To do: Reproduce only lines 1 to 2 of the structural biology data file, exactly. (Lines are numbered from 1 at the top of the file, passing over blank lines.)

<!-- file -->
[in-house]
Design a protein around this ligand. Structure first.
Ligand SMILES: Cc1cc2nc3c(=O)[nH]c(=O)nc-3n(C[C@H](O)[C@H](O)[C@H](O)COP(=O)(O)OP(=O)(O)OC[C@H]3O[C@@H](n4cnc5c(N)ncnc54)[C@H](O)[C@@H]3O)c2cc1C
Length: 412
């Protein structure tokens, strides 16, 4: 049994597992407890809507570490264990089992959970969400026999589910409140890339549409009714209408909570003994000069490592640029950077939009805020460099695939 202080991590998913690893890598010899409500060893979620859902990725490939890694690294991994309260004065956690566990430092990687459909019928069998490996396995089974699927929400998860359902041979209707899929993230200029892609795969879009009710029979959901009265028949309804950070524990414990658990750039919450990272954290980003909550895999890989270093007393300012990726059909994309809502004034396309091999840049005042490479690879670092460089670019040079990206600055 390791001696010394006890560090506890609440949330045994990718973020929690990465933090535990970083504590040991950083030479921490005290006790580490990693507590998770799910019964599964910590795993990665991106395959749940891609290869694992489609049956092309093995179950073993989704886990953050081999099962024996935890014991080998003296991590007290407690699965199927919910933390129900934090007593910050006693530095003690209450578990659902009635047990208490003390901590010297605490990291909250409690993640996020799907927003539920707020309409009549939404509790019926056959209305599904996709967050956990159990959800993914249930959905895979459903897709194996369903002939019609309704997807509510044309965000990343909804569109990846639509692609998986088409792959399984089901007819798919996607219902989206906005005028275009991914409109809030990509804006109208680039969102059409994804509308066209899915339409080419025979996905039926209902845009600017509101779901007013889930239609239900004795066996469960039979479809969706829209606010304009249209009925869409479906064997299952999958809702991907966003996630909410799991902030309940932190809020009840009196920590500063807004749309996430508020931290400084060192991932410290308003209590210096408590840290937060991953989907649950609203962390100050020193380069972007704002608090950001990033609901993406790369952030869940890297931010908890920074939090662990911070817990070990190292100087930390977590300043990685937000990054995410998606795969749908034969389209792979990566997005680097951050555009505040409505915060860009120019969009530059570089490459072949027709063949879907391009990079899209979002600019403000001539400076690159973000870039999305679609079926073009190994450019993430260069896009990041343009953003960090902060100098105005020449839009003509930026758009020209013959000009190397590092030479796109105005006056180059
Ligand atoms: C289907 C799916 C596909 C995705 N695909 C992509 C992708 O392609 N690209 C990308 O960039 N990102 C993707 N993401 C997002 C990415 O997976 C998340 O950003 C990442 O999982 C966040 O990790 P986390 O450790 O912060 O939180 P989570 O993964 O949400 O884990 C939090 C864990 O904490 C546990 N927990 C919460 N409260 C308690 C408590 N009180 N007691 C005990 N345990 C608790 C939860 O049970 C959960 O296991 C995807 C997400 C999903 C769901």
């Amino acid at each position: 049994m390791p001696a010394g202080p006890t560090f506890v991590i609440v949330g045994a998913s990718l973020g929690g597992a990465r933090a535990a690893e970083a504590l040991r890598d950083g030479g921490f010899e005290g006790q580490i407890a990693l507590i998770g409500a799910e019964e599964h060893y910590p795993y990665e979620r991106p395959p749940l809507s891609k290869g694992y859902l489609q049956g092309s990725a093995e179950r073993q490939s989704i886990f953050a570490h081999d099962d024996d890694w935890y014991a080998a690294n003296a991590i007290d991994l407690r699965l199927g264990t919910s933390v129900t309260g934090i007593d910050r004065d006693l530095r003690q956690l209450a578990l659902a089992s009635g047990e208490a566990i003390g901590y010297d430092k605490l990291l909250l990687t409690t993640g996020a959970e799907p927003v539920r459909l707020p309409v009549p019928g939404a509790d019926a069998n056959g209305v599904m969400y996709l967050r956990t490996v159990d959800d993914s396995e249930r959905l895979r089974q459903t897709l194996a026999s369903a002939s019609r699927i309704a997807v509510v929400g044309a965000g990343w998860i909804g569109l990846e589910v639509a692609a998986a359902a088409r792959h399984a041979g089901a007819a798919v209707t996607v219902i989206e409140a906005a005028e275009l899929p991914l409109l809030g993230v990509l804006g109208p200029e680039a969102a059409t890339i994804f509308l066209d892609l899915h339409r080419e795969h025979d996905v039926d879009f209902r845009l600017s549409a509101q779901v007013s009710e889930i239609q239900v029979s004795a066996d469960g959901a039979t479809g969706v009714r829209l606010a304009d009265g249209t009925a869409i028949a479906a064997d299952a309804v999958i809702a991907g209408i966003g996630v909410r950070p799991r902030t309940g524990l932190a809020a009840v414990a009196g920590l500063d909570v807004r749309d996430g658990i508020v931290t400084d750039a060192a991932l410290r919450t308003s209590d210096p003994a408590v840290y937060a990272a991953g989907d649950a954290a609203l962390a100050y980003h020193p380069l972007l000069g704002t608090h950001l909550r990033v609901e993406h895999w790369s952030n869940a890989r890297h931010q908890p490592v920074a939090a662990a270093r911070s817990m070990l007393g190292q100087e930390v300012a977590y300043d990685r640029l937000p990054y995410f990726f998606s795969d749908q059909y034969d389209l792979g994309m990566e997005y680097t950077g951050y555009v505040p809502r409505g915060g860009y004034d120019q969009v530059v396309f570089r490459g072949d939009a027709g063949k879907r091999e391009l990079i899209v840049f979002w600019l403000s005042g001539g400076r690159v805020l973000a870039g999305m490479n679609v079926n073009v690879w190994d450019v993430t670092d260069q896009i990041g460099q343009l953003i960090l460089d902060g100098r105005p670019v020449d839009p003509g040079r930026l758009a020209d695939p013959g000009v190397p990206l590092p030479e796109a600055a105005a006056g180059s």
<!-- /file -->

[in-house]
Design a protein around this ligand. Structure first.